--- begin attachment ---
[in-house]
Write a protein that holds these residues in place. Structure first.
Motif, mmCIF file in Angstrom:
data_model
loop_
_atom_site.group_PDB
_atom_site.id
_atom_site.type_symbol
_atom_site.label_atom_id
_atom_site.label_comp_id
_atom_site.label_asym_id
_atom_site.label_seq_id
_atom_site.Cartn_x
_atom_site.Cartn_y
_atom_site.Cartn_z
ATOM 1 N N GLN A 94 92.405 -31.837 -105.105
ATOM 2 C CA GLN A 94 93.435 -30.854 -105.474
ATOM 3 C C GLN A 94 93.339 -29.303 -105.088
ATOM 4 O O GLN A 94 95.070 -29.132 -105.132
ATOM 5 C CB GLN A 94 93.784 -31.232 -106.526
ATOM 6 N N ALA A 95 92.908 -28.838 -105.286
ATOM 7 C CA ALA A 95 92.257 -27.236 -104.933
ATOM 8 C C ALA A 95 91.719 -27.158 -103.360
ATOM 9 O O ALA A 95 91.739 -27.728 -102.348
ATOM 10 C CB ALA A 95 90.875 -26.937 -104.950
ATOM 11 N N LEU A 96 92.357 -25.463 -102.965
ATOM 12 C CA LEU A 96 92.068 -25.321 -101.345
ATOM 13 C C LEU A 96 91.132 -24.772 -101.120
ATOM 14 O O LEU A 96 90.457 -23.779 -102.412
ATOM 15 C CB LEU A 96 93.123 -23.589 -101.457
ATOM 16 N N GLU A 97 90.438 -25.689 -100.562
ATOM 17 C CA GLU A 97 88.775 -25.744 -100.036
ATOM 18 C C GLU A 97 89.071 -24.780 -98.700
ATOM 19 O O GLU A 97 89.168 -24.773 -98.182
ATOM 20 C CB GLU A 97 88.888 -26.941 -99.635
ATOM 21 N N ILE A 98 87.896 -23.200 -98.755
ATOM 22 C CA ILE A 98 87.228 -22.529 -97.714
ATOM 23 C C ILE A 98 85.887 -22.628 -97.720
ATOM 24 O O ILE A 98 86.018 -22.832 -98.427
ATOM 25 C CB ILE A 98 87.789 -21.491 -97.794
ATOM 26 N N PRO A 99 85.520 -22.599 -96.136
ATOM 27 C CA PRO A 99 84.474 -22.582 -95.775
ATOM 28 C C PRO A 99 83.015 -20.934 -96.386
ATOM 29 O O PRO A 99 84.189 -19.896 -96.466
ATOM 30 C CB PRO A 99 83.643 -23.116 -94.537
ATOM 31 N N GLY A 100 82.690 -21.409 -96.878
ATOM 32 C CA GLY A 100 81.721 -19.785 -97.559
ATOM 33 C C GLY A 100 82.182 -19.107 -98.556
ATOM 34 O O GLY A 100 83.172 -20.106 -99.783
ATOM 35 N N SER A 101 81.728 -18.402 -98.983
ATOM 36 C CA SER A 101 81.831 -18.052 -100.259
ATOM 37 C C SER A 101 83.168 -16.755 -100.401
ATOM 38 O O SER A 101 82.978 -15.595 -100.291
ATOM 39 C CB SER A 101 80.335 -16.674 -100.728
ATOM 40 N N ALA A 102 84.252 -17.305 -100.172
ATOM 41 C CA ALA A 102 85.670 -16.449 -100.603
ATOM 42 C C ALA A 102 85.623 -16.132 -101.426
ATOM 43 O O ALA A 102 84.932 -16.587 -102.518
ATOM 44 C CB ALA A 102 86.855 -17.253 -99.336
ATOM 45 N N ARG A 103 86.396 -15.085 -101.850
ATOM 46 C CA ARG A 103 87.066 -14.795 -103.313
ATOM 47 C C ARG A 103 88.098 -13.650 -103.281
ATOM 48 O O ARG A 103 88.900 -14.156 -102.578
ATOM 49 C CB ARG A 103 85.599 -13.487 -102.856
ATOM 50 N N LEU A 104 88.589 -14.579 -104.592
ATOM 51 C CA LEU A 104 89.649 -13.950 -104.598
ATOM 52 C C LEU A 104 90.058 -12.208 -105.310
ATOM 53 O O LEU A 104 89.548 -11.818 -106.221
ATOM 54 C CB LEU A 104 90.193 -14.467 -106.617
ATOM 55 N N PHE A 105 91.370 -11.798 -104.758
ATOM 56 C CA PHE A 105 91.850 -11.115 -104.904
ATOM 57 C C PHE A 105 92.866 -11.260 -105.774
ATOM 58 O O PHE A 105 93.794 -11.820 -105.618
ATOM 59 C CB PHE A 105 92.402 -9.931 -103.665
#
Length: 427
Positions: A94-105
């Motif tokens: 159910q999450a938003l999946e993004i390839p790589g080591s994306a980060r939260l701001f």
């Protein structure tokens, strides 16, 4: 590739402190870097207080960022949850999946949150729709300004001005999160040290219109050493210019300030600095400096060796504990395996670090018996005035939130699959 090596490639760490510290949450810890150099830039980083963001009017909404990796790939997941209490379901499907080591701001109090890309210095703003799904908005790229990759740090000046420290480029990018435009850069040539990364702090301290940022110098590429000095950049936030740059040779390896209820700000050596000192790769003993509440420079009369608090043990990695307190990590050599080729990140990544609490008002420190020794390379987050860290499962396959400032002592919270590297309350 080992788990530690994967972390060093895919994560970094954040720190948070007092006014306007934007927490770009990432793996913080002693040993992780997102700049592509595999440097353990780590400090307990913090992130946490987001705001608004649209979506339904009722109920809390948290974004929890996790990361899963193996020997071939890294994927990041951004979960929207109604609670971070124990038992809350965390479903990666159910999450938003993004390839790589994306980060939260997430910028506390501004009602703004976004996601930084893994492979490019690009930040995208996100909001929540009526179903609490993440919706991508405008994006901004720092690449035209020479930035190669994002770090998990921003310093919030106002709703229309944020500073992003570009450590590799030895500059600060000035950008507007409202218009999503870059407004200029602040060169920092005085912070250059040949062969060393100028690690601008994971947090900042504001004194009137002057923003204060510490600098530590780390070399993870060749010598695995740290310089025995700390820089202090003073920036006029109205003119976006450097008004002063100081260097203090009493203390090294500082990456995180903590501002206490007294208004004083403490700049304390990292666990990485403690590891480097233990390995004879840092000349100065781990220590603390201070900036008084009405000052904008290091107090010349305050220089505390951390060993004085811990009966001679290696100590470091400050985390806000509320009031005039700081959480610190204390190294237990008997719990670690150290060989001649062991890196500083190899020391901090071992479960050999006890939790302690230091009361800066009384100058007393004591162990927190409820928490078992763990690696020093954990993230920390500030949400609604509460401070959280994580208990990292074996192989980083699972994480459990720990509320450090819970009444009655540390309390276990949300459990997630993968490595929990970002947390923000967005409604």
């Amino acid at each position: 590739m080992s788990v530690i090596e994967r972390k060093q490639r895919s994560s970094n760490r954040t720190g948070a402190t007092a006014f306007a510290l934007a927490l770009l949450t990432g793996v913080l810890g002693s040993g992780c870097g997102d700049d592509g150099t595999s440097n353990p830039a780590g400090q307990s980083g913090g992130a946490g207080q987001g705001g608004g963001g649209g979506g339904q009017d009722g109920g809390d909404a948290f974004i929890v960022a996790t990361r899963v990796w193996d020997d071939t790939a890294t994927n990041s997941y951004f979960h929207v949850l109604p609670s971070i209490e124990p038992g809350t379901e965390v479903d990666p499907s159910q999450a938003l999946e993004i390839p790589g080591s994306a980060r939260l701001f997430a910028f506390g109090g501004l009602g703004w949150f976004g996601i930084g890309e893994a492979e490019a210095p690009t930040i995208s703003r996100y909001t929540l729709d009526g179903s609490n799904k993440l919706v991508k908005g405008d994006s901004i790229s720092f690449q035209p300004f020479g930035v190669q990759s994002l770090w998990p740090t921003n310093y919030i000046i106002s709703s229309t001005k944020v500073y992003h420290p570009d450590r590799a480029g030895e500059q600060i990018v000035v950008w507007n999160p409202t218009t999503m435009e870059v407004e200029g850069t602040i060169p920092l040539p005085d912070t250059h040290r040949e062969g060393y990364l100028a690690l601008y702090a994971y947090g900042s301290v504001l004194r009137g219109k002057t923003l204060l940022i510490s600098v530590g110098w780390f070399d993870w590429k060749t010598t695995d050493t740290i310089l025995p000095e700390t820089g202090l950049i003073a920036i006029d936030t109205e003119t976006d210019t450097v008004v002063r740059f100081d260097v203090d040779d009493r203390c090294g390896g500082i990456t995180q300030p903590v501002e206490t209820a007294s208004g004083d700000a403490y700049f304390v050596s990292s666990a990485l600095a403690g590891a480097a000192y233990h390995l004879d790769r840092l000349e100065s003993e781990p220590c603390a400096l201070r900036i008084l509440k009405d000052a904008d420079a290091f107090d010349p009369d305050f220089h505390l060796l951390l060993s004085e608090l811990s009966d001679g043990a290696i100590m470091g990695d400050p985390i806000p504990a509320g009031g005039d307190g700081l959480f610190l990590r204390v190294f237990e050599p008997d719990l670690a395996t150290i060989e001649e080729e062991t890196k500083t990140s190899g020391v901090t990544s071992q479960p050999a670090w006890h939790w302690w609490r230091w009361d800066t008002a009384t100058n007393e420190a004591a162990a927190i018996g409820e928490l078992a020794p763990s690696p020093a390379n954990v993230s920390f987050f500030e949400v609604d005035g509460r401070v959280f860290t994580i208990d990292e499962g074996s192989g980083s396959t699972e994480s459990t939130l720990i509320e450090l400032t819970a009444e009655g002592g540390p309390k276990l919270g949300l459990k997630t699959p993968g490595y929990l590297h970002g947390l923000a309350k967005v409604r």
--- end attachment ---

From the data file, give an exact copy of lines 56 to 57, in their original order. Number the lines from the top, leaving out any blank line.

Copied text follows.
ATOM 41 C CA ALA A 102 85.670 -16.449 -100.603
ATOM 42 C C ALA A 102 85.623 -16.132 -101.426